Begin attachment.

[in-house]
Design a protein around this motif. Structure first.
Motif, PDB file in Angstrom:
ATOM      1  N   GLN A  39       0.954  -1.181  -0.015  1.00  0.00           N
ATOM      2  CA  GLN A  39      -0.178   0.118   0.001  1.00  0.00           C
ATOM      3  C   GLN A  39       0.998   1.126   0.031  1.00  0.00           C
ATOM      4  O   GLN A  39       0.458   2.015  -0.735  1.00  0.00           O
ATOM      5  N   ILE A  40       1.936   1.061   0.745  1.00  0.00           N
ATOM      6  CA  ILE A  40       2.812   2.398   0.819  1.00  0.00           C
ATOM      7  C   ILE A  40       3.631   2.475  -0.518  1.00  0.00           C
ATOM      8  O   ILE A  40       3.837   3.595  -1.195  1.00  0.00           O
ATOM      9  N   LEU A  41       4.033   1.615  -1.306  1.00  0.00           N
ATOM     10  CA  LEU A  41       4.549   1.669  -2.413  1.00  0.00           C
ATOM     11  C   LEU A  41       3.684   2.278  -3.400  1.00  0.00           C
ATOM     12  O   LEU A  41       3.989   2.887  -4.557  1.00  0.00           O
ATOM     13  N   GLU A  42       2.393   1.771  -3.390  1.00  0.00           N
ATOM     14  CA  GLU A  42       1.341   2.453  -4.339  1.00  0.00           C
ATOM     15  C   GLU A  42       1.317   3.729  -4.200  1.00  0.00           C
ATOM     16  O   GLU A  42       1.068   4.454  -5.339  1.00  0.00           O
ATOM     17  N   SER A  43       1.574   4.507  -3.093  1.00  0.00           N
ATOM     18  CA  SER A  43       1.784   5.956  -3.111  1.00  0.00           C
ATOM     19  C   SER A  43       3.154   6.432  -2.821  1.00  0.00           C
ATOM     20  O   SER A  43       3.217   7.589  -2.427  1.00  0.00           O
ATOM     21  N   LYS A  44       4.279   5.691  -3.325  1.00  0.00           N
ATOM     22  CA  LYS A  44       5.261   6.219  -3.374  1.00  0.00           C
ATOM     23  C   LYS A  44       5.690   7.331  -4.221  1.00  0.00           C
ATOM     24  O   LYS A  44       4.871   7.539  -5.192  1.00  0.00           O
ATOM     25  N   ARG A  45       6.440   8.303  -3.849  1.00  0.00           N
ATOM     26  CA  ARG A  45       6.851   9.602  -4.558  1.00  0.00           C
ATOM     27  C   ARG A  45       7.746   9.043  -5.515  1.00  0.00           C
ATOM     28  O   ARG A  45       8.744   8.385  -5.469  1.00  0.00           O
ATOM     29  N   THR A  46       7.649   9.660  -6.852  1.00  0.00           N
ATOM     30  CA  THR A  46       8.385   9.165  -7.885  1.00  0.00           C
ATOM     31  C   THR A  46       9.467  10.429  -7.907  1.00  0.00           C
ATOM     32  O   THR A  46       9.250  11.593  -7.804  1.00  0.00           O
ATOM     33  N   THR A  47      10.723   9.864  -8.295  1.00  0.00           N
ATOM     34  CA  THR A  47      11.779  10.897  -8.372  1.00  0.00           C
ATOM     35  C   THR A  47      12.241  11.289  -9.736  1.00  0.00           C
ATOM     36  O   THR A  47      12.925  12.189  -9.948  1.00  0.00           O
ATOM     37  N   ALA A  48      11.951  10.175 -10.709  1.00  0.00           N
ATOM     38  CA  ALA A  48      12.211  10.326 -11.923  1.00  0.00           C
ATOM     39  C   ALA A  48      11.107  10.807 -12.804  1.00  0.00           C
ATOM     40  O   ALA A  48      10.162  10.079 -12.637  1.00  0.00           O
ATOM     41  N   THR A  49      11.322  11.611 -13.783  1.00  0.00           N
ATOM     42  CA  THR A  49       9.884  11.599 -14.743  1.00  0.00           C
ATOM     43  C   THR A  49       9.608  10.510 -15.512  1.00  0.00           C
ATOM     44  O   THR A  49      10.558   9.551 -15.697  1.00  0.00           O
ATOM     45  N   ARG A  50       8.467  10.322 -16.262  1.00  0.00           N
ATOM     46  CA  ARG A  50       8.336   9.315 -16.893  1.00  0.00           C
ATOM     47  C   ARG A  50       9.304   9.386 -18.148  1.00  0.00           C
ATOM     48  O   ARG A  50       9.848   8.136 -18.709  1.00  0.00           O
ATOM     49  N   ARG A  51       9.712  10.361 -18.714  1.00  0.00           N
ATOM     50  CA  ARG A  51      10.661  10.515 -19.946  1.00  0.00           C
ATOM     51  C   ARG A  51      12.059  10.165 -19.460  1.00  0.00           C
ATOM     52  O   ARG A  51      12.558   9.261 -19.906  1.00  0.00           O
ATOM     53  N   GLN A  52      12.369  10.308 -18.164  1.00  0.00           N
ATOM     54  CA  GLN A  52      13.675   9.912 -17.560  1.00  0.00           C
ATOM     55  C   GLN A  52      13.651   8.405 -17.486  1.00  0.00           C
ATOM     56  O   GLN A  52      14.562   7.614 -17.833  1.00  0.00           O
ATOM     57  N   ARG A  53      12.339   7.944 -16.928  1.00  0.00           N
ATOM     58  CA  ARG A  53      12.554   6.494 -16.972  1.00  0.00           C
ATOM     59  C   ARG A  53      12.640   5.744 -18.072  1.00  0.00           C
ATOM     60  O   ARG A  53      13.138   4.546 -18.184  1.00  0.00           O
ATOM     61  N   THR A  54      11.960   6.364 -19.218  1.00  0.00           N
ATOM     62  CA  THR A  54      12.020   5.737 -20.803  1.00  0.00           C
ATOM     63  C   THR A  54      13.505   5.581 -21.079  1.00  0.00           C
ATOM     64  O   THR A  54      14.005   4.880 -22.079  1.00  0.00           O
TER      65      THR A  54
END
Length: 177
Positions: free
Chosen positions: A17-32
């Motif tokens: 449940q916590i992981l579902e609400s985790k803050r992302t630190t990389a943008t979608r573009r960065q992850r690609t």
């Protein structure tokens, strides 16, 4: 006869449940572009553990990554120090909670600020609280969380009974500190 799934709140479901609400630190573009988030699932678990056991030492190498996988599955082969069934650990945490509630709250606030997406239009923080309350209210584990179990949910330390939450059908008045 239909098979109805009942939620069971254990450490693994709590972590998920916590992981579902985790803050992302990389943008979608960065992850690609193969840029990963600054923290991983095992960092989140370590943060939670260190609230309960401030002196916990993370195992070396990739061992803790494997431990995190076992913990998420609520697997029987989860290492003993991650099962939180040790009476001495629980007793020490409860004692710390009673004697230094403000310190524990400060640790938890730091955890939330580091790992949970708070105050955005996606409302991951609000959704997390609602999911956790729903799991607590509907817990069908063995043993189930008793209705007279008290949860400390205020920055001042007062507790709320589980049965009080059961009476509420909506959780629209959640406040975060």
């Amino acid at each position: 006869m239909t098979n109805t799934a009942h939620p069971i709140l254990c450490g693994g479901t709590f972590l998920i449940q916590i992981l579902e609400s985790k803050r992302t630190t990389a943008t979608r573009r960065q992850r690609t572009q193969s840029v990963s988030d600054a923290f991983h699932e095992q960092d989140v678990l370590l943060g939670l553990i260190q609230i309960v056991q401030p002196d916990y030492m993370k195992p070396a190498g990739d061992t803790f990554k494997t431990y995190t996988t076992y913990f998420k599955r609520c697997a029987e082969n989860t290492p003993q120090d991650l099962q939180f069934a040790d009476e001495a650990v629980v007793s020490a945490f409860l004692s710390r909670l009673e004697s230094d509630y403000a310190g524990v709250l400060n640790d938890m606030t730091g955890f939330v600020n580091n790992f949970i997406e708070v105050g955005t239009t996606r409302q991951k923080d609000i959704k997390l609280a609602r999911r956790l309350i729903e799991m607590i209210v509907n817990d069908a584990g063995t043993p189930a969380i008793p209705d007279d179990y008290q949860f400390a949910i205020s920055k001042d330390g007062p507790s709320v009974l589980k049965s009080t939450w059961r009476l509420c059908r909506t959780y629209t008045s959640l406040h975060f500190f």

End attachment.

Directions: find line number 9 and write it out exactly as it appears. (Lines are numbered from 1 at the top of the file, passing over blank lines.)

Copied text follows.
ATOM      6  CA  ILE A  40       2.812   2.398   0.819  1.00  0.00           C